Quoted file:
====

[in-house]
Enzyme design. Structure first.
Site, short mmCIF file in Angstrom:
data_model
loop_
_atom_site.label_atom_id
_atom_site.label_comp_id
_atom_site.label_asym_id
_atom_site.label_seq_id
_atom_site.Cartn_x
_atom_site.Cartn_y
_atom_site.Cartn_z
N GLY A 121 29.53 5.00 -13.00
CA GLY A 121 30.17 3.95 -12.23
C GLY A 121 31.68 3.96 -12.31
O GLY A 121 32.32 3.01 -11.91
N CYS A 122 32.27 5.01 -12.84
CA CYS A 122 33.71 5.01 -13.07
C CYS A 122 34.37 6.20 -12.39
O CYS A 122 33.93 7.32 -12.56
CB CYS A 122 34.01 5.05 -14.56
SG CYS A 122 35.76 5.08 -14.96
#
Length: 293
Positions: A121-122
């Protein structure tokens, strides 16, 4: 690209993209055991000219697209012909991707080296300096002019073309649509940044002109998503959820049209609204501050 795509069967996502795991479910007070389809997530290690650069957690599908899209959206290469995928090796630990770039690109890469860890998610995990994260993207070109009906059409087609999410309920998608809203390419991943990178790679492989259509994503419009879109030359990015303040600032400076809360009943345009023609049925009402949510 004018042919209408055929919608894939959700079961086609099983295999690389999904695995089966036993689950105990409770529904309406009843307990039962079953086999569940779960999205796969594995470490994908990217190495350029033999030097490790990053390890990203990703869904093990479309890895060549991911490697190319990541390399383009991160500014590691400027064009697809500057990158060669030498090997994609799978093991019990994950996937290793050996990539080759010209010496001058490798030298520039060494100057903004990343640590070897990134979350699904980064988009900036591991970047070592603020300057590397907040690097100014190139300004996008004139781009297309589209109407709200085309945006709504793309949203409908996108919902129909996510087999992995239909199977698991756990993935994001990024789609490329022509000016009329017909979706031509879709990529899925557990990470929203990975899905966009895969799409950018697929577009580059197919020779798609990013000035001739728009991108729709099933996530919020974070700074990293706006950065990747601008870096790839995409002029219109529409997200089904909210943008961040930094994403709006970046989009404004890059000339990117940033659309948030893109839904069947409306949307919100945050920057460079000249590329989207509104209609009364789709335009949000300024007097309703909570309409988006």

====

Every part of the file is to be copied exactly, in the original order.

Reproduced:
[in-house]
Enzyme design. Structure first.
Site, short mmCIF file in Angstrom:
data_model
loop_
_atom_site.label_atom_id
_atom_site.label_comp_id
_atom_site.label_asym_id
_atom_site.label_seq_id
_atom_site.Cartn_x
_atom_site.Cartn_y
_atom_site.Cartn_z
N GLY A 121 29.53 5.00 -13.00
CA GLY A 121 30.17 3.95 -12.23
C GLY A 121 31.68 3.96 -12.31
O GLY A 121 32.32 3.01 -11.91
N CYS A 122 32.27 5.01 -12.84
CA CYS A 122 33.71 5.01 -13.07
C CYS A 122 34.37 6.20 -12.39
O CYS A 122 33.93 7.32 -12.56
CB CYS A 122 34.01 5.05 -14.56
SG CYS A 122 35.76 5.08 -14.96
#
Length: 293
Positions: A121-122
């Protein structure tokens, strides 16, 4: 690209993209055991000219697209012909991707080296300096002019073309649509940044002109998503959820049209609204501050 795509069967996502795991479910007070389809997530290690650069957690599908899209959206290469995928090796630990770039690109890469860890998610995990994260993207070109009906059409087609999410309920998608809203390419991943990178790679492989259509994503419009879109030359990015303040600032400076809360009943345009023609049925009402949510 004018042919209408055929919608894939959700079961086609099983295999690389999904695995089966036993689950105990409770529904309406009843307990039962079953086999569940779960999205796969594995470490994908990217190495350029033999030097490790990053390890990203990703869904093990479309890895060549991911490697190319990541390399383009991160500014590691400027064009697809500057990158060669030498090997994609799978093991019990994950996937290793050996990539080759010209010496001058490798030298520039060494100057903004990343640590070897990134979350699904980064988009900036591991970047070592603020300057590397907040690097100014190139300004996008004139781009297309589209109407709200085309945006709504793309949203409908996108919902129909996510087999992995239909199977698991756990993935994001990024789609490329022509000016009329017909979706031509879709990529899925557990990470929203990975899905966009895969799409950018697929577009580059197919020779798609990013000035001739728009991108729709099933996530919020974070700074990293706006950065990747601008870096790839995409002029219109529409997200089904909210943008961040930094994403709006970046989009404004890059000339990117940033659309948030893109839904069947409306949307919100945050920057460079000249590329989207509104209609009364789709335009949000300024007097309703909570309409988006």